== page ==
Wednesday 24 November 2010

The Girl Who Kicked the Hornet’s Nest review

The Girl Who Kicked the Hornet’s Nest (15, 147 mins)
Director: Daniel Alfredson
★ ★ ☆ ☆ ☆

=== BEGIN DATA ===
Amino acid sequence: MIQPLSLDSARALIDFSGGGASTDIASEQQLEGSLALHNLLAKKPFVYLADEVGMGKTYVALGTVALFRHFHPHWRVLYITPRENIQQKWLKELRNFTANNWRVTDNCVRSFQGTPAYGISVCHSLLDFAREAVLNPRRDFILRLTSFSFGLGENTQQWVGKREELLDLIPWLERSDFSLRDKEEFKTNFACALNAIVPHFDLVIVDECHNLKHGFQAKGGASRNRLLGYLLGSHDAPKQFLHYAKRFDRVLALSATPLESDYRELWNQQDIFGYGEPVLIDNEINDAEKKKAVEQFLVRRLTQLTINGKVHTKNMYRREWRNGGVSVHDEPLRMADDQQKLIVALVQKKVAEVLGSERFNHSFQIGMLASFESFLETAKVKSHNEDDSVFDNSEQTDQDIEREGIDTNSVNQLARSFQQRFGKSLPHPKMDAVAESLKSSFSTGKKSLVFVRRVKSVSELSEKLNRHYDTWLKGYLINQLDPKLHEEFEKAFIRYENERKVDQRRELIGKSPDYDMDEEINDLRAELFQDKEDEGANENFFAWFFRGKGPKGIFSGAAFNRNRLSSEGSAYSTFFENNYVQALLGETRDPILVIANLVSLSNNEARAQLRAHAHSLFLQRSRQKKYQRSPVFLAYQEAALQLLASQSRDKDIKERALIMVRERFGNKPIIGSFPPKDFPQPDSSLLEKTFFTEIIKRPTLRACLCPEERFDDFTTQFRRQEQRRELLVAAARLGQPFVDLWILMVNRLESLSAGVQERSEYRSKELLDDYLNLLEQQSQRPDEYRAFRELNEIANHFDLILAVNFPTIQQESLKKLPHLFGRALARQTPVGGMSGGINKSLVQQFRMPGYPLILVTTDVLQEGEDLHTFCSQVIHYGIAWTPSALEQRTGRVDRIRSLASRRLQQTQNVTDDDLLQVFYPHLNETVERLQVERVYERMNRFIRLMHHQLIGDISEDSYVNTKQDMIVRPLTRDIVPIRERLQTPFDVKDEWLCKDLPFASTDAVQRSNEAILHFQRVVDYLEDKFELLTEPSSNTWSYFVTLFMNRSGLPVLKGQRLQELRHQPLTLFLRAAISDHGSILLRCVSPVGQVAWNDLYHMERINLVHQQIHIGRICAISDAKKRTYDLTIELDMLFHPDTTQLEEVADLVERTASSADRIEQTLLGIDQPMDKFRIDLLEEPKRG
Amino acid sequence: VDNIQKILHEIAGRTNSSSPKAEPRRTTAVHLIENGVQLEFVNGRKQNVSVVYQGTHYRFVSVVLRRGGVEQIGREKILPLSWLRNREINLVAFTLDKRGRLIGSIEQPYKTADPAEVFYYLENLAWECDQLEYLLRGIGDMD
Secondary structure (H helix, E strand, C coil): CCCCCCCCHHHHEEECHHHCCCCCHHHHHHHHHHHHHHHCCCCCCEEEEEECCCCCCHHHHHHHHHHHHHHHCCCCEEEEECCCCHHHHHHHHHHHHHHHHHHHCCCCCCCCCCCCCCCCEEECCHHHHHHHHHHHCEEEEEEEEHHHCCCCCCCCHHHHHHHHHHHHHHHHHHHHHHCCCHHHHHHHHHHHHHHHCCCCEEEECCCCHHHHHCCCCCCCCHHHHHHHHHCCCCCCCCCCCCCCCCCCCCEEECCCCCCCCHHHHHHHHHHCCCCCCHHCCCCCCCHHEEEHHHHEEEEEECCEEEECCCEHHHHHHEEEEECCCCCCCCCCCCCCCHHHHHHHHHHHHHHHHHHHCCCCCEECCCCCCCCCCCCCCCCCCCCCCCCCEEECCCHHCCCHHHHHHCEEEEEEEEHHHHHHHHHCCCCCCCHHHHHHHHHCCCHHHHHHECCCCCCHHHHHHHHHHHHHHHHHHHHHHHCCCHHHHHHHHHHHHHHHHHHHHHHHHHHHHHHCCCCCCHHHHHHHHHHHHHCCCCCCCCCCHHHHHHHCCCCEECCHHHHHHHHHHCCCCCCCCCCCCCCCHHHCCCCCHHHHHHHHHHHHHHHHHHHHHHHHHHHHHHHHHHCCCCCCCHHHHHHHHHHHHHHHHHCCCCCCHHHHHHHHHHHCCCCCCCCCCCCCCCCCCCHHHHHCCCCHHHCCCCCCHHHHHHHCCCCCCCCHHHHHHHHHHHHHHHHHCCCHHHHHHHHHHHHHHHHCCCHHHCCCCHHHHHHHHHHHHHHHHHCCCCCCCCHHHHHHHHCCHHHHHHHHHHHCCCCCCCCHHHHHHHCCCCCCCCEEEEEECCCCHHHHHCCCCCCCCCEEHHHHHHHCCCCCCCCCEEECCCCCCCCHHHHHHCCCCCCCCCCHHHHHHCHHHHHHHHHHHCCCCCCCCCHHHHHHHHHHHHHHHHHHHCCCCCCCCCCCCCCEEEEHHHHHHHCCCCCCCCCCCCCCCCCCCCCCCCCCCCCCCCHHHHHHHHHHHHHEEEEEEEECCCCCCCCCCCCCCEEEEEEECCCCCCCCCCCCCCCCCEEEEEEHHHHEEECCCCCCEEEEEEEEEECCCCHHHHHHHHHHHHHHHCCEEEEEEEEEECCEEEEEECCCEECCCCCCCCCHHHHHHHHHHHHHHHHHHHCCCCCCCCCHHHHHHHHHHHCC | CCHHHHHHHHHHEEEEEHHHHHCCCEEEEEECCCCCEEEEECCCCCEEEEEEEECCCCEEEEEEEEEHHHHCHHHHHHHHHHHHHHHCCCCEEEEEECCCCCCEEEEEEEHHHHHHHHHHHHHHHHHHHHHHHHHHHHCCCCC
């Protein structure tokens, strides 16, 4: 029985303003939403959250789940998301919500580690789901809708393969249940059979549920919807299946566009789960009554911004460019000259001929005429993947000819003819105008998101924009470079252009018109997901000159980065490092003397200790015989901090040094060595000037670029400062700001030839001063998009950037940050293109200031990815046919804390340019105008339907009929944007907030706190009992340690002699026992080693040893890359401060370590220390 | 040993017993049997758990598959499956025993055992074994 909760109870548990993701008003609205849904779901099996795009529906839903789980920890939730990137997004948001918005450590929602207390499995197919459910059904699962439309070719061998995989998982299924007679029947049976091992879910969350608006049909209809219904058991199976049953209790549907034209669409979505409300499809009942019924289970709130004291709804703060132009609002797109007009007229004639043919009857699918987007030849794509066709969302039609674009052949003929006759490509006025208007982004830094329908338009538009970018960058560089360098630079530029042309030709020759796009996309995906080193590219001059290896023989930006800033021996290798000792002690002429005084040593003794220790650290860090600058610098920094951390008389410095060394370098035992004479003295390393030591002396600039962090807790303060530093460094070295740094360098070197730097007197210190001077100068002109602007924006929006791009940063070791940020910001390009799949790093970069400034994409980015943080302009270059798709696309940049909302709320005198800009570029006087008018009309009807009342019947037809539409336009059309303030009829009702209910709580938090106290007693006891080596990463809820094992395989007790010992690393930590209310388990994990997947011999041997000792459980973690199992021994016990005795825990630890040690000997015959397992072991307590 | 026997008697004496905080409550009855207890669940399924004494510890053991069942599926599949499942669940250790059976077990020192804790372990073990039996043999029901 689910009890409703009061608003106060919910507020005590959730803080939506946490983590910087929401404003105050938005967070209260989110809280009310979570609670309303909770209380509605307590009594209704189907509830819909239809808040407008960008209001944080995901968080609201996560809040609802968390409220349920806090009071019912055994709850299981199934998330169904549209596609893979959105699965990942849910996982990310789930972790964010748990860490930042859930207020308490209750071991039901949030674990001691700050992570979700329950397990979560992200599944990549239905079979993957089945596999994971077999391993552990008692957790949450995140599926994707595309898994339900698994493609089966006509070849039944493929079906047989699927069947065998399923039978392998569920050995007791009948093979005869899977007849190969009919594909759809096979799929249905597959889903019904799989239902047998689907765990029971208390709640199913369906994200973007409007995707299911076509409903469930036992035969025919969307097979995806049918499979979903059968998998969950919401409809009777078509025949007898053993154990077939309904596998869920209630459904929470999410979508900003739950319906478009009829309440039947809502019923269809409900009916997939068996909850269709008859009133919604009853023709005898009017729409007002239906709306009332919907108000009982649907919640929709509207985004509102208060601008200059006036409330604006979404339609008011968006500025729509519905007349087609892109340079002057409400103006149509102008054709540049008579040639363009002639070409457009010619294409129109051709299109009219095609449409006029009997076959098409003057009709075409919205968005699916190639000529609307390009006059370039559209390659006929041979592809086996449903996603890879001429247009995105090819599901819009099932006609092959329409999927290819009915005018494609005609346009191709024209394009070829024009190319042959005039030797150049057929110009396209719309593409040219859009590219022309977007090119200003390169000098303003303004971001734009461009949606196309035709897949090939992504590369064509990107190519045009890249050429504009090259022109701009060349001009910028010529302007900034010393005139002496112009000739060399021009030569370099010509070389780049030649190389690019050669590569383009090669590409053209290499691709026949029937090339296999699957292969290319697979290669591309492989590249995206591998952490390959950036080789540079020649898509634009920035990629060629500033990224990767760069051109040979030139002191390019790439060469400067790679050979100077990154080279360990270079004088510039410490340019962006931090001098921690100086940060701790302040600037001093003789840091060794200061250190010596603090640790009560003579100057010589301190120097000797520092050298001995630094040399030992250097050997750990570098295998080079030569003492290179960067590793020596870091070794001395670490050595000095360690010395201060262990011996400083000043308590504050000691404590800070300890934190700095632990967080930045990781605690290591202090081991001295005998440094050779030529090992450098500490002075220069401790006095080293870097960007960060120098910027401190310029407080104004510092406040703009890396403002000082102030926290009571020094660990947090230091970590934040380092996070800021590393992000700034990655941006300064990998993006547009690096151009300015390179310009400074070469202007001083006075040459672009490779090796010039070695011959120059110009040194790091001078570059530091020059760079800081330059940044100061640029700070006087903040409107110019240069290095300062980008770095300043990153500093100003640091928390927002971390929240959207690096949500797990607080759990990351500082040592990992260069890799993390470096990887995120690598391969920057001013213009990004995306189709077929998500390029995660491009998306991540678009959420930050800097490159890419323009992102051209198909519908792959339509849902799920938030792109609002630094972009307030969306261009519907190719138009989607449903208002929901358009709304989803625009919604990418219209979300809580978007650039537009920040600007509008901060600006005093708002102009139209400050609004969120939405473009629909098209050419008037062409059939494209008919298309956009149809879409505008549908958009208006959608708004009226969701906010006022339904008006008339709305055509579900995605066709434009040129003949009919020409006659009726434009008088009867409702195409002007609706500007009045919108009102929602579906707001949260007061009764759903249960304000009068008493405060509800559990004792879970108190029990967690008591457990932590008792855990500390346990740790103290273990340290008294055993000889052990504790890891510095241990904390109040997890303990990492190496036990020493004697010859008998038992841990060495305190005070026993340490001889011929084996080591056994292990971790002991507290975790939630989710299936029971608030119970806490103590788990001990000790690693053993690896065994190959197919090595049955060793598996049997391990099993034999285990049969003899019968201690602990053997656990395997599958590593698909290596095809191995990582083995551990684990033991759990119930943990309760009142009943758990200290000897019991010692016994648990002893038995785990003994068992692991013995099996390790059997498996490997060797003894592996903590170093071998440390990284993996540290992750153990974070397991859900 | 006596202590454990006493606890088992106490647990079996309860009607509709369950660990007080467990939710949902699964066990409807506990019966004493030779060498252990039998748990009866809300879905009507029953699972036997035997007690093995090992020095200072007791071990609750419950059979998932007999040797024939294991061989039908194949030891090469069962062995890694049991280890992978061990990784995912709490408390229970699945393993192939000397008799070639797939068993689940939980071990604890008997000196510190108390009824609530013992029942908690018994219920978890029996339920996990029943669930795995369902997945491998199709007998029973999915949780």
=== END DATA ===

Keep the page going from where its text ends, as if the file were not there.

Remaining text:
Picking up exactly where The Girl Who Played With Fire left off, this conclusion to the blockbusting Swedish trilogy that began earlier this year with The Girl With the Dragon Tattoo is anticlimactic in the extreme. Given the glacial pacing and the fact that a large percentage of the antagonists are very elderly men, The Girl Who Kicked the Zimmer Frame would be a more accurate title. When we last saw our heroine Lisbeth Salander, she’d had a showdown with a Russian defector who turned out to be her father, which has left her in a hospital bed with a bullet lodged in her skull. Meanwhile journalist pal Mikael Blomkvist is trying to clear her name and expose a bigger conspiracy involving Swedish government officials during the 1970s. For an alleged thriller, this is one of the most sluggish pieces of cinema of the year, an almost completely inert slog through scene after flabby scene of people talking about a plot instead of actually giving us one. Clunky direction facilitates some lazy performances and the occasional rather tepid action beat and, just like the major flaw of the second part, Salander and Blomkvist share almost no scenes. Considering the weakness of the final two films, the best thing now might be to view the terrific Dragon Tattoo as a standalone movie.

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